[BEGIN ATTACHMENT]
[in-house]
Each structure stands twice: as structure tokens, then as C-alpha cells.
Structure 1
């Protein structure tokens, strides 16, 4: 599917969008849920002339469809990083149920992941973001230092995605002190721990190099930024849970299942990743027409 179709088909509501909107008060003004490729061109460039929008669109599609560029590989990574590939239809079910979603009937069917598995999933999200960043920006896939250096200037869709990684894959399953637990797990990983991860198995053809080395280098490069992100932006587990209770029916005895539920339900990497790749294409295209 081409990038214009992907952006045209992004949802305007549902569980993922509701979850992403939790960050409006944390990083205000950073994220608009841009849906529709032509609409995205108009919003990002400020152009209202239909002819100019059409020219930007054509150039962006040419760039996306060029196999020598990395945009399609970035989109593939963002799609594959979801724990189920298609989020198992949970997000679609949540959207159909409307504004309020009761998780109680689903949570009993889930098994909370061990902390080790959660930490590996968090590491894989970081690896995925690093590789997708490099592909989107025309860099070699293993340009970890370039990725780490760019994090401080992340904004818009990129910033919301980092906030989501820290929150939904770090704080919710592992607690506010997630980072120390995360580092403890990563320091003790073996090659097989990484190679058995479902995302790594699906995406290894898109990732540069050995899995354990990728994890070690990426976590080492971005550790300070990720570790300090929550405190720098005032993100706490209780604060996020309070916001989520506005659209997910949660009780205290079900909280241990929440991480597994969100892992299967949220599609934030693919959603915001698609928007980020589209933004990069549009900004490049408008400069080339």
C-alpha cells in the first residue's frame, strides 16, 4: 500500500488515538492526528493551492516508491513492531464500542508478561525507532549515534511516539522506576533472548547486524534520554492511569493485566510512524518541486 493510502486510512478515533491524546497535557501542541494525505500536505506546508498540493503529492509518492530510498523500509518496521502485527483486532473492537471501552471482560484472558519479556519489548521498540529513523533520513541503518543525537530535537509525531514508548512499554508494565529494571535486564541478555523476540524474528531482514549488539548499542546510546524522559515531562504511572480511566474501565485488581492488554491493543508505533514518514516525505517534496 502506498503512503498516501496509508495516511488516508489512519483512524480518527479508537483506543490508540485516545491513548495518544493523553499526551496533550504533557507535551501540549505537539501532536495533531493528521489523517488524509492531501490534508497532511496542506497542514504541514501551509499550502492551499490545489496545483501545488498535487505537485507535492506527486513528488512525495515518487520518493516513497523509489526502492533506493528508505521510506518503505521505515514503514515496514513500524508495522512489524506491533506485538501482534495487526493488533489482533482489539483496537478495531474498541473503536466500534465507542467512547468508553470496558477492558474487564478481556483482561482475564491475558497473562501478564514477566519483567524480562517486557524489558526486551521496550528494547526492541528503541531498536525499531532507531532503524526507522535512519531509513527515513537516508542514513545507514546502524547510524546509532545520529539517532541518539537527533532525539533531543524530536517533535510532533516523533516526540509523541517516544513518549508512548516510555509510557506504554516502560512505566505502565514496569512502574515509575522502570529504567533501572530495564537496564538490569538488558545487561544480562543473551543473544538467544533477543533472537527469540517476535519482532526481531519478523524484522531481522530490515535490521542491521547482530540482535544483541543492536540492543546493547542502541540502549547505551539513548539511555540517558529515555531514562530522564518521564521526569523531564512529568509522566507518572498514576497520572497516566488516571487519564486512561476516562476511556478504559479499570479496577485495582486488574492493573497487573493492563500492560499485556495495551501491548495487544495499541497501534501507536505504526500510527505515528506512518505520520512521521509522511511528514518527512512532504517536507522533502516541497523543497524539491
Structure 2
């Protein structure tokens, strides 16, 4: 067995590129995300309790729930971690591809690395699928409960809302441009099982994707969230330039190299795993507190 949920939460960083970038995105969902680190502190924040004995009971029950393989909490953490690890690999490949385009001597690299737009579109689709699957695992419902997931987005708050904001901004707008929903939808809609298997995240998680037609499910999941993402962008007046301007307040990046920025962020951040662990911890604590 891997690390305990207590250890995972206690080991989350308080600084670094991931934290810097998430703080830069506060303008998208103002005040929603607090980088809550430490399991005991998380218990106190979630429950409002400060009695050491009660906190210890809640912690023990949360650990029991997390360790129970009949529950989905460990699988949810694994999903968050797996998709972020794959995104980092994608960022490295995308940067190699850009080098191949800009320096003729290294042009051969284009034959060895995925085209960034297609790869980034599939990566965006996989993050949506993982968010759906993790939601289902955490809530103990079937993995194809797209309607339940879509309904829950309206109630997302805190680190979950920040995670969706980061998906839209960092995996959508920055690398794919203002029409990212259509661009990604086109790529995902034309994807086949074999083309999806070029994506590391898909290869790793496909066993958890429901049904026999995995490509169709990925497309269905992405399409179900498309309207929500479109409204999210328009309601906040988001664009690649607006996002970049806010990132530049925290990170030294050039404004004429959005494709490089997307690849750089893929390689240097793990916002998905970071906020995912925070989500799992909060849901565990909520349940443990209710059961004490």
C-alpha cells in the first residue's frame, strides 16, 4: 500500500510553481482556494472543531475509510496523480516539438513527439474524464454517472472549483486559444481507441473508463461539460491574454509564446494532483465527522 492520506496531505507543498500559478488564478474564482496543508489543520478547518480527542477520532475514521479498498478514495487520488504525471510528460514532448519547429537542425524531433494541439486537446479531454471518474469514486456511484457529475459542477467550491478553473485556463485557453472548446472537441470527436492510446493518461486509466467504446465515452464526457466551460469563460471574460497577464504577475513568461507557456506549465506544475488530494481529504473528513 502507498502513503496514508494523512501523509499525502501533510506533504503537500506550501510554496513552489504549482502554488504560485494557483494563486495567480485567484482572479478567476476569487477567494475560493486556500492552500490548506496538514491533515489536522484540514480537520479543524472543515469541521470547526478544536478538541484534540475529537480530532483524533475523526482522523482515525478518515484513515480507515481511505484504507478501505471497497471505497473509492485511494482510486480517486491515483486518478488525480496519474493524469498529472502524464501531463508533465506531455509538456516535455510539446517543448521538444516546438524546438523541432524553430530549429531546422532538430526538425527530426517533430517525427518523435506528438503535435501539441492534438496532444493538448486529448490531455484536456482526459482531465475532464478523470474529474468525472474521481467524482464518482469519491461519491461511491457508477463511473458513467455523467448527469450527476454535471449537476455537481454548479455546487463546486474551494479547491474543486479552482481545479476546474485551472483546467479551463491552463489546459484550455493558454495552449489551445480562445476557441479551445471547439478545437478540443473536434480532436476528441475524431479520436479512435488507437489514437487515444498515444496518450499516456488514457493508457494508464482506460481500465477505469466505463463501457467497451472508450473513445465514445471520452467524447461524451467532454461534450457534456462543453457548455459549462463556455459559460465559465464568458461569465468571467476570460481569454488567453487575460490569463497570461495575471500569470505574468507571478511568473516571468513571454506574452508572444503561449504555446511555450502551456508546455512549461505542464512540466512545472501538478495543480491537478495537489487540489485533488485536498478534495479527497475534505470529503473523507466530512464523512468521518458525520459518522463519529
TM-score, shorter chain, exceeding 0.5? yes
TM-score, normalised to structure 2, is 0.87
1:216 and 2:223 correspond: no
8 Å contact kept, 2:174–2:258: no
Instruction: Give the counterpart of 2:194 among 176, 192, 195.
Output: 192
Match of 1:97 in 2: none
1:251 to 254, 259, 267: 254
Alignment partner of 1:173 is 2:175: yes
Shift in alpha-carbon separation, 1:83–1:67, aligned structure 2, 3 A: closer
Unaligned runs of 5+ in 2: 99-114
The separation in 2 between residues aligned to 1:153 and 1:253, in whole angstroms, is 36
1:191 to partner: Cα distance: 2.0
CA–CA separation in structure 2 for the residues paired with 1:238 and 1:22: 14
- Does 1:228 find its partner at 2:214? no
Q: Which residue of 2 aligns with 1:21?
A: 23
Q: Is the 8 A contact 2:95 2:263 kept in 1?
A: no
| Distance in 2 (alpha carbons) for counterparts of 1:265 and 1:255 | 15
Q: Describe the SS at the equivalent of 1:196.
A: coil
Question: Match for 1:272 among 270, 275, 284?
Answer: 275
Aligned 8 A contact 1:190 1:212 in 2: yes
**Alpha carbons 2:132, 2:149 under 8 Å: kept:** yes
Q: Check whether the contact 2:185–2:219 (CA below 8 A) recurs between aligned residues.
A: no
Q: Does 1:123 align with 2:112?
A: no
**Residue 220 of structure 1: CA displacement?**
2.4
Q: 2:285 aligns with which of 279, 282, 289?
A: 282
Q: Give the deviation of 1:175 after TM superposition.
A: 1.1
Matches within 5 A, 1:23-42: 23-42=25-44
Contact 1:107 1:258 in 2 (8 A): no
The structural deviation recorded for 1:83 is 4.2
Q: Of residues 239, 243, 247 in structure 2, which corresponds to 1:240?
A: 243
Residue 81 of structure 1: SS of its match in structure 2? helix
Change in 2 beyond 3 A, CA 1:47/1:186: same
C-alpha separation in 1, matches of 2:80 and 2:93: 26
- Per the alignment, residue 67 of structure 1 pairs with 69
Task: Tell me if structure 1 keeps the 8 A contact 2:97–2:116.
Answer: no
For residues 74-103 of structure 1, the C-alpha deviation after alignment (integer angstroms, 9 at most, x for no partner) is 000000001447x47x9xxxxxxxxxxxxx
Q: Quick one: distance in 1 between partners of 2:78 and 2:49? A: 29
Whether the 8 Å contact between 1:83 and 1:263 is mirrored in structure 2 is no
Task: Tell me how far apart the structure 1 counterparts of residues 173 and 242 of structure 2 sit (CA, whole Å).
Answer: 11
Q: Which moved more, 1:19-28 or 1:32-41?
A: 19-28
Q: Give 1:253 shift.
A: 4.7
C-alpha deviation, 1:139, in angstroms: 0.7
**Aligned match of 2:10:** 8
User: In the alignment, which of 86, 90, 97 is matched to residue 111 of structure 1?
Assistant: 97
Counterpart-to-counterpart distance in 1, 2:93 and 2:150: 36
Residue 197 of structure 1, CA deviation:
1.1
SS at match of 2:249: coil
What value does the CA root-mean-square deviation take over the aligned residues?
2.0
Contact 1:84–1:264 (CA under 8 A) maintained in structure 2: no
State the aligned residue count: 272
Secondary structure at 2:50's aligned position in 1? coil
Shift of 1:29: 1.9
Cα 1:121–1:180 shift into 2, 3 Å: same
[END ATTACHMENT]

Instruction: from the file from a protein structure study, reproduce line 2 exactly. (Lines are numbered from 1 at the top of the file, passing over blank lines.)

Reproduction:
Each structure stands twice: as structure tokens, then as C-alpha cells.